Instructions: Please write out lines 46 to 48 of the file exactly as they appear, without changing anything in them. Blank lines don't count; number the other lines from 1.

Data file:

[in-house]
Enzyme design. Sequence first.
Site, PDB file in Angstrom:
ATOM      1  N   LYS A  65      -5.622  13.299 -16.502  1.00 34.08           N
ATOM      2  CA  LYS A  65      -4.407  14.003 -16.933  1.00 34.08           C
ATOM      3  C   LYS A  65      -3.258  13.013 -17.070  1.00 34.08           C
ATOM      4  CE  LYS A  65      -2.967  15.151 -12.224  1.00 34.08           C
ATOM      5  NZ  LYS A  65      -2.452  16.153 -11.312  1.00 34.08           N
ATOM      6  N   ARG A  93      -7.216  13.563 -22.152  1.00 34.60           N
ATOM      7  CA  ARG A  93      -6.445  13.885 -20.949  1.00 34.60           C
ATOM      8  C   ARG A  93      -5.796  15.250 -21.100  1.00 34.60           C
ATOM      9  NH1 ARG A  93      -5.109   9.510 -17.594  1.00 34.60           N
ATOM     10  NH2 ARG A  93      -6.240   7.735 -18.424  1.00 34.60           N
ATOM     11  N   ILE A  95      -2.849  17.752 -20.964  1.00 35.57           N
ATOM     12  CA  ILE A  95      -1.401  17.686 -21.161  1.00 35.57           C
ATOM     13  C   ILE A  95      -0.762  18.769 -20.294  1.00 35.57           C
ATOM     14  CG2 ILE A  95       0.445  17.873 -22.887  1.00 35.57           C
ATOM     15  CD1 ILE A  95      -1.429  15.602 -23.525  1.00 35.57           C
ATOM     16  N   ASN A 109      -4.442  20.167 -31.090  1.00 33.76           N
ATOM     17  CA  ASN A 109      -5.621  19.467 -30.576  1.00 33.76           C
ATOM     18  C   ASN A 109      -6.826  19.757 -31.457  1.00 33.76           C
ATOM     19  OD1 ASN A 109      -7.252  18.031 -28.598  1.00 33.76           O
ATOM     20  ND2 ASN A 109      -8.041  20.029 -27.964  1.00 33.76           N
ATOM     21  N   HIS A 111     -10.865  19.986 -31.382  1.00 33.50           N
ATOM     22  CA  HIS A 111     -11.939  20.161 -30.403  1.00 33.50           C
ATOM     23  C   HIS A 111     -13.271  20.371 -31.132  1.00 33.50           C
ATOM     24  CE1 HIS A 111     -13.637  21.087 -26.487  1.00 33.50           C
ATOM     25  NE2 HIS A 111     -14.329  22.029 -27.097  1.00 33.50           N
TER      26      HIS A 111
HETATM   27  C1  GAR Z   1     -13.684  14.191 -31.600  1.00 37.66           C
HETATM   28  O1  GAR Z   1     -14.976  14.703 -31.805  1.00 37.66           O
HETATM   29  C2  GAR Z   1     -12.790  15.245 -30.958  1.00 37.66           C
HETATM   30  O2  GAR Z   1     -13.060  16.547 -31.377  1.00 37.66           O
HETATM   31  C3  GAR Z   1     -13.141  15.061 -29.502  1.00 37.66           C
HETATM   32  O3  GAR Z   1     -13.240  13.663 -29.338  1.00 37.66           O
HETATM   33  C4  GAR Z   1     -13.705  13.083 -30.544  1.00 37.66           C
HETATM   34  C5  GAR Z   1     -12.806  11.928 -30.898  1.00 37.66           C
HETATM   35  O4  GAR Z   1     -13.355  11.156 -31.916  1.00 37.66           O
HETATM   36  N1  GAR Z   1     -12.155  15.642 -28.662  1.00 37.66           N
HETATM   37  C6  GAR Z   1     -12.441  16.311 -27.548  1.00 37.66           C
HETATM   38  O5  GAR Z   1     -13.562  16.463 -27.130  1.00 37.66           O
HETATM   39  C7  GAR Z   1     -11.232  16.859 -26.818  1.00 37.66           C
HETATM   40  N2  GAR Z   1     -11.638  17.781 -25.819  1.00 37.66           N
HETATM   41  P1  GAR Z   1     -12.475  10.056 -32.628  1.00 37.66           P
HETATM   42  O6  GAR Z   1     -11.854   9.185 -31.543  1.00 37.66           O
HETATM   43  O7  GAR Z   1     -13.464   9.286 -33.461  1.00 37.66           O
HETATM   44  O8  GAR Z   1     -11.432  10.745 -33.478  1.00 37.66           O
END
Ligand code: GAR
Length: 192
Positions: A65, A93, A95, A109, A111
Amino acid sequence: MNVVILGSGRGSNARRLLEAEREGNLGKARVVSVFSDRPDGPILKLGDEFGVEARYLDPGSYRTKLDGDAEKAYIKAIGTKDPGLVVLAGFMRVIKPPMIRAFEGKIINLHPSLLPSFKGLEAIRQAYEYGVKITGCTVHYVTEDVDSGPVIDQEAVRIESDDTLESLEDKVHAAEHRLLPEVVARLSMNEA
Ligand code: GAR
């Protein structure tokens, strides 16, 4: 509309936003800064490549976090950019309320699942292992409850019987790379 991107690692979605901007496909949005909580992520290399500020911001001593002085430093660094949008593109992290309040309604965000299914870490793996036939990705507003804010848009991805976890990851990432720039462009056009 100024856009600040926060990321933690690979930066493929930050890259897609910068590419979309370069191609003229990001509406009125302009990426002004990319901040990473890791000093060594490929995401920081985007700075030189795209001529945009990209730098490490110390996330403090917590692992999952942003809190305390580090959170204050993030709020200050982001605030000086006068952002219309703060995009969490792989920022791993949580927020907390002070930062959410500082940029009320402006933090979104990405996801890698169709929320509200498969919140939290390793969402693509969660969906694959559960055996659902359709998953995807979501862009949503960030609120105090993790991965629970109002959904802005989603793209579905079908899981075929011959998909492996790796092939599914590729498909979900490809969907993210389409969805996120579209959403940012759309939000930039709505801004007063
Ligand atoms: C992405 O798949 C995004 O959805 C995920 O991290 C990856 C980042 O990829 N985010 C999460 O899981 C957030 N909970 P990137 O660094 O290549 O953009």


HETATM   43  O7  GAR Z   1     -13.464   9.286 -33.461  1.00 37.66           O
HETATM   44  O8  GAR Z   1     -11.432  10.745 -33.478  1.00 37.66           O
END